Pollinators are very important because without them we would not have the fruits, nuts, berries and vegetables we enjoy! Planting flowers that attract butterflies, hummingbirds and bees not only adds interest and opportunities for science exploration in the flower garden, but also can improve the production of your vegetable garden. You may wish to investigate pollinator gardens through the following links:

Butterfly Garden:
In "Waiting for Wings" you'll see butterflies on big, bright flowers like hollyhocks, purple coneflower, zinnias, black-eyed susans and gaillardia. 
(click on flower images for more information)

These are all lovely choices for your flower garden. You might have even chosen some of them for your rainbow garden! Butterflies also enjoy lilacs and milkweed. A personal favorite of mine, that will also lure hummingbirds, is bee balm. I call it the "firework flower" as this perennial's red blooms look like they are bursting open like a firework.
Bee Balm, or Monarda ©Sarah Benton Feitlinger

Pollinators love sunflowers! Sunflowers are an excellent choice to plant with children. Many varieties have large seeds that are easy for small hands to handle, and they are not difficult to grow.
A sunflower with a butterfly and a bee guest. ©Ross Feitlinger
There are so many options for a butterfly garden. Rather than pick your own mix of blooms you might want to choose a mix of seeds specifically aimed at attracting butterflies like the Seeds for a Butterfly Garden pack from Renee's Garden. This includes heirloom zinnias, white cosmos and red sunflowers.

For more links to butterfly gardening check out the following:

Hummingbird Garden:
Hummingbirds are beautiful little wonders. They are a fascinating addition to a garden. These tiny birds love red tubular flowers with lots of nectar. Good choices are bee balm (pictured above), honeysuckles, salvias, wild bergamot (bee balm), lupines and one of my favorites, nasturtiums.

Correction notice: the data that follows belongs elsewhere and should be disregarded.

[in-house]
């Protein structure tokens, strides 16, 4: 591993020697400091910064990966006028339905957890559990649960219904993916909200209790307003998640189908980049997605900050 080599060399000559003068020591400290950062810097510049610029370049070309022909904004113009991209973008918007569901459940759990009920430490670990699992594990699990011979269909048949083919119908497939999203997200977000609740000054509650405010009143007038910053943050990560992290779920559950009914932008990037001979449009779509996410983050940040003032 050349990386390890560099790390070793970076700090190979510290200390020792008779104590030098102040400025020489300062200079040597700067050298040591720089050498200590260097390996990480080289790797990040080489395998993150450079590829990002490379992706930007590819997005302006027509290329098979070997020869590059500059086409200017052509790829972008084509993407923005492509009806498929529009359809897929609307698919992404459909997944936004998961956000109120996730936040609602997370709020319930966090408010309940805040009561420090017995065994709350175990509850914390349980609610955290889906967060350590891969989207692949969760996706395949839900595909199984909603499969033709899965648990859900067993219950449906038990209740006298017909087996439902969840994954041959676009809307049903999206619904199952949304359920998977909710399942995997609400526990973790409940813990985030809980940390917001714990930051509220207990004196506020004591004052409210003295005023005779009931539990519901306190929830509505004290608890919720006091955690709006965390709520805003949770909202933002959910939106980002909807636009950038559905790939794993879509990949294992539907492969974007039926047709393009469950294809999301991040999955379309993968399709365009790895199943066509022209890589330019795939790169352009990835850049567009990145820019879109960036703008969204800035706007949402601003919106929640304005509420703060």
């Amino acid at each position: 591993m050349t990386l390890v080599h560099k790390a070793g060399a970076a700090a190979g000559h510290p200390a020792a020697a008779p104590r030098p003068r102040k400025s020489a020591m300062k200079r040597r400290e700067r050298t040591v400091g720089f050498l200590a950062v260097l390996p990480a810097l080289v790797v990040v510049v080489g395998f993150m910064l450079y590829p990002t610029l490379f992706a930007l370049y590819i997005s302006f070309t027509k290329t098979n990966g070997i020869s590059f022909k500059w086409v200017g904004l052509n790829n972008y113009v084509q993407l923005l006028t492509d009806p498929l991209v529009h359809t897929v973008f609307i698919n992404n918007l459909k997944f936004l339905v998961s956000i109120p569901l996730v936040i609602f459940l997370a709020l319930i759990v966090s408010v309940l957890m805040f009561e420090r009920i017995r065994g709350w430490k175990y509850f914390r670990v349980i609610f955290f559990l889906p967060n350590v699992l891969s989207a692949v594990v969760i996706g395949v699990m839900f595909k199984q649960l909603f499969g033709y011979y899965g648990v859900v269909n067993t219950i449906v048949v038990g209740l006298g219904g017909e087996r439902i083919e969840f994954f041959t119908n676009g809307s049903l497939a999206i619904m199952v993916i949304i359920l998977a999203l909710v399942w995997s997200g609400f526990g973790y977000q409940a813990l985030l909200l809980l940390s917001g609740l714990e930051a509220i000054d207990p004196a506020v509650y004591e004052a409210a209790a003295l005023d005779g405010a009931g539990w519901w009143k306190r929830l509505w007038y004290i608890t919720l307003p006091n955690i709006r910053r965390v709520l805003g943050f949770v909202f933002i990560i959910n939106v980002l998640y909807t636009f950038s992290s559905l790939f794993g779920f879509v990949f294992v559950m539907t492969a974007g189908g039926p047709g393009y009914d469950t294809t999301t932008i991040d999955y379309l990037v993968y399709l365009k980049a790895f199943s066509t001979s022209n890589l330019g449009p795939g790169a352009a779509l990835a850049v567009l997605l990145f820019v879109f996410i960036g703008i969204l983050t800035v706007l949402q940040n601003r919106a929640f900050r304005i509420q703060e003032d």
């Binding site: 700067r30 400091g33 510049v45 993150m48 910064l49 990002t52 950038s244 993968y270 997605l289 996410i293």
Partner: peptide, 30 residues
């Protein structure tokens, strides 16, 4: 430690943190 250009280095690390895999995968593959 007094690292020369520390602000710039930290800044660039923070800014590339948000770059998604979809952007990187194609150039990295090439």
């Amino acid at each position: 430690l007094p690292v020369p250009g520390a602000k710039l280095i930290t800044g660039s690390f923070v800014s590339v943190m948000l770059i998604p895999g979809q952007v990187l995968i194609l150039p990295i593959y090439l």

Nasturtiums ©Sarah Benton Feitlinger
Nasturtiums are a great pick for children. Not only are the seeds large and easy to plant, but they do not require much care or even very good soil. In fact, they flower better in low nutrient soil! Additionally, the leaves and the flowers of the nasturtium are edible. They have a little bite like a radish. Kids love taste testing things in the garden (with supervision of course!).
Adding a hummingbird feeder to the garden will increase your odds of having a humming little visitor. Follow this link to Ranger Rick magazine for a plan to make a hummingbird feeder out of recycled items. The National Wildlife Federation includes a recipe to make nectar for your hummingbird feeder here

Female ruby-throated hummingbird. ©Feitlinger
Renee's Garden offers a pack of seeds that attract hummingbirds that includes Scarlet Runner bean, Summer Charm nasturtium and Scarlet Flame zinnia. 

Check out this link from the Brooklyn Botanical Garden for ideas on how to design your hummingbird garden.

Attracting Bees to the Garden:
Although many of us associate bees with painful stings, they are a very important part of the garden ecosystem. When left alone, they cause us no harm. There are many different types of bees and if you create a flower garden described above you will begin to attract these important insects as well. If you are a vegetable gardener or have fruit trees you will see a more productive harvest if you invite bees to your property. For extensive information on bees and bee types, visit this article from Mother Earth News about different types of bees and how to attract them to your garden.
Bees on Purple Cone Flower (Echinacea) ©SBF
Bee pollinating a squash blossom. ©SBF

This is not a sponsored post, however, Renee's Garden Seeds has generously provided the prizes for the sunflower seed giveaway. 9 winners will receive 2 packets of sunflower seeds. Varieties include: Sun Samba, Moonshadow, Music Box, Van Gogh, Cinnamon Sun, Bright Bandolier, Lemon Queen, Snack Seed, The Birds and the Bees, Valentine, Heirloom Titan, Royal Flush, Chocolate Cherry and Sunzilla. We will randomly pick 2 seed packets and ship them to you if you are a winner. The giveaway will run from April 16th, 2015 - April 22nd, 2015 11:59PM, EST. Good luck!

a Rafflecopter giveaway

No comments:

Post a Comment